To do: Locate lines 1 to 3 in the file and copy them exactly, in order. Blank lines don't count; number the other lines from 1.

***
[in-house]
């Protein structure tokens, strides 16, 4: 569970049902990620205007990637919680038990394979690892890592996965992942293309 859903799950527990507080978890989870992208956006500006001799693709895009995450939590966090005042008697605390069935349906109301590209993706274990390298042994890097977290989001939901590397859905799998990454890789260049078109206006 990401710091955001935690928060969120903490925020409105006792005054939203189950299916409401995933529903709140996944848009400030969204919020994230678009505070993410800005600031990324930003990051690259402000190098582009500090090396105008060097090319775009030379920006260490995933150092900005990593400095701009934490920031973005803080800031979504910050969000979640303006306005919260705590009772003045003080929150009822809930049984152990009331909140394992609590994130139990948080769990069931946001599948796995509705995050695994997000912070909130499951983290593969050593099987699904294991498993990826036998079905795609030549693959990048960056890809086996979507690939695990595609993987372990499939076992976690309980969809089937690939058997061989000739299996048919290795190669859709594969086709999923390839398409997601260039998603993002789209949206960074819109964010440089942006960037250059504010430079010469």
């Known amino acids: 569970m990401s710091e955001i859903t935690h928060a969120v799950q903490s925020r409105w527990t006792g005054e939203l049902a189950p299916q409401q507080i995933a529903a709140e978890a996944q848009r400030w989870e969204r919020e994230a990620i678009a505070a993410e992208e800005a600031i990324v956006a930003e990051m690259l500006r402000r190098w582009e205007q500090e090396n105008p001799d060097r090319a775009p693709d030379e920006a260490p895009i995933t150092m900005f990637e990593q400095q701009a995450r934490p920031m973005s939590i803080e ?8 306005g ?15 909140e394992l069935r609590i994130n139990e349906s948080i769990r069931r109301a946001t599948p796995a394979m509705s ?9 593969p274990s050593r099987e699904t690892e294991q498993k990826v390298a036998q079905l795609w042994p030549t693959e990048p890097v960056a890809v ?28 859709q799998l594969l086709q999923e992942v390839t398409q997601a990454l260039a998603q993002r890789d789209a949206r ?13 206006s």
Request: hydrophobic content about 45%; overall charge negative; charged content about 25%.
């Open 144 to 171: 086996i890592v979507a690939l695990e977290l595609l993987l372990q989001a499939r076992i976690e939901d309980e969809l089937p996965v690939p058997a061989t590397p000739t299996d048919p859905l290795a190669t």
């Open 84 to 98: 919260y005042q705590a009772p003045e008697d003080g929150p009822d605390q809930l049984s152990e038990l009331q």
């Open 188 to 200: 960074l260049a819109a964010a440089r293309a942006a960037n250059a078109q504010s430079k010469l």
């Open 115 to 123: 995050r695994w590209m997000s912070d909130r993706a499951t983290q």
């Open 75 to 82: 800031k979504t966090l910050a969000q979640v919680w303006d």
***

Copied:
[in-house]
């Protein structure tokens, strides 16, 4: 569970049902990620205007990637919680038990394979690892890592996965992942293309 859903799950527990507080978890989870992208956006500006001799693709895009995450939590966090005042008697605390069935349906109301590209993706274990390298042994890097977290989001939901590397859905799998990454890789260049078109206006 990401710091955001935690928060969120903490925020409105006792005054939203189950299916409401995933529903709140996944848009400030969204919020994230678009505070993410800005600031990324930003990051690259402000190098582009500090090396105008060097090319775009030379920006260490995933150092900005990593400095701009934490920031973005803080800031979504910050969000979640303006306005919260705590009772003045003080929150009822809930049984152990009331909140394992609590994130139990948080769990069931946001599948796995509705995050695994997000912070909130499951983290593969050593099987699904294991498993990826036998079905795609030549693959990048960056890809086996979507690939695990595609993987372990499939076992976690309980969809089937690939058997061989000739299996048919290795190669859709594969086709999923390839398409997601260039998603993002789209949206960074819109964010440089942006960037250059504010430079010469």
């Known amino acids: 569970m990401s710091e955001i859903t935690h928060a969120v799950q903490s925020r409105w527990t006792g005054e939203l049902a189950p299916q409401q507080i995933a529903a709140e978890a996944q848009r400030w989870e969204r919020e994230a990620i678009a505070a993410e992208e800005a600031i990324v956006a930003e990051m690259l500006r402000r190098w582009e205007q500090e090396n105008p001799d060097r090319a775009p693709d030379e920006a260490p895009i995933t150092m900005f990637e990593q400095q701009a995450r934490p920031m973005s939590i803080e ?8 306005g ?15 909140e394992l069935r609590i994130n139990e349906s948080i769990r069931r109301a946001t599948p796995a394979m509705s ?9 593969p274990s050593r099987e699904t690892e294991q498993k990826v390298a036998q079905l795609w042994p030549t693959e990048p890097v960056a890809v ?28 859709q799998l594969l086709q999923e992942v390839t398409q997601a990454l260039a998603q993002r890789d789209a949206r ?13 206006s």